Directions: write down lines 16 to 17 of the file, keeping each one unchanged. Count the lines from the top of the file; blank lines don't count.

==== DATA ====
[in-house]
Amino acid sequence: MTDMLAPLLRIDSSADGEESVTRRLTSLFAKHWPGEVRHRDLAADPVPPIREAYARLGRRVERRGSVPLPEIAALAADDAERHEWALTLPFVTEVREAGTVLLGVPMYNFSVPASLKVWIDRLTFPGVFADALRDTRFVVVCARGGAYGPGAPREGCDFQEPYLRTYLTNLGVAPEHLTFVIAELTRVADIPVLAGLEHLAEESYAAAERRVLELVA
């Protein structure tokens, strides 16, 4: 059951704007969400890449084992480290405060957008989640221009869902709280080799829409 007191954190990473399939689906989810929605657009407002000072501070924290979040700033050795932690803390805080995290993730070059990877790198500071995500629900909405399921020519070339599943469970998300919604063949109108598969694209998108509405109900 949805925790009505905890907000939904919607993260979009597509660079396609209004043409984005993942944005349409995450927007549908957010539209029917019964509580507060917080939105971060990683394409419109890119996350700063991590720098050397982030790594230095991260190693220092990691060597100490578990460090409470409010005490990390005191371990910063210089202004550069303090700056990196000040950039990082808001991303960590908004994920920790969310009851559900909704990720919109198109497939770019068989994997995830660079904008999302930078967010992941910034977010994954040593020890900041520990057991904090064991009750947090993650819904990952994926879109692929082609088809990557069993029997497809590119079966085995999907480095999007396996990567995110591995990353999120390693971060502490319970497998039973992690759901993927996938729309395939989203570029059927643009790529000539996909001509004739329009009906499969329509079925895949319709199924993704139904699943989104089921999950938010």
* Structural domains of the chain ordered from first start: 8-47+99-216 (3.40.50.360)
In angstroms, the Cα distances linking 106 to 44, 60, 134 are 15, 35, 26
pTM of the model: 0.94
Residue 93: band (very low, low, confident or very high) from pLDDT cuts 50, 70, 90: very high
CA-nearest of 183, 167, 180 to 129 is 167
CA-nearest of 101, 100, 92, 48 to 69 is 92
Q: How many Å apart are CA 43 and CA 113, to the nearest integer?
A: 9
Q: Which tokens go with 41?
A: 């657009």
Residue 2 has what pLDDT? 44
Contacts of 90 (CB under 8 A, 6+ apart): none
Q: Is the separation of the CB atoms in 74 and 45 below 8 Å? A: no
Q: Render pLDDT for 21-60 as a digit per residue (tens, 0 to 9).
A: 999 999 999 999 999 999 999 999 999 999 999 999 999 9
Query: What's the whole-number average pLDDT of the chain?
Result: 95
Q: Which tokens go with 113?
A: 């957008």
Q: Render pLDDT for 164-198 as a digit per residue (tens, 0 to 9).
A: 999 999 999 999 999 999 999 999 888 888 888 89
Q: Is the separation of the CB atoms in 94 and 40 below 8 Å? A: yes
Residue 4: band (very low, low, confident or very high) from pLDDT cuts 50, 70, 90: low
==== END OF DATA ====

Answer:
Q: Is the separation of the CB atoms in 74 and 45 below 8 Å? A: no
Q: Render pLDDT for 21-60 as a digit per residue (tens, 0 to 9).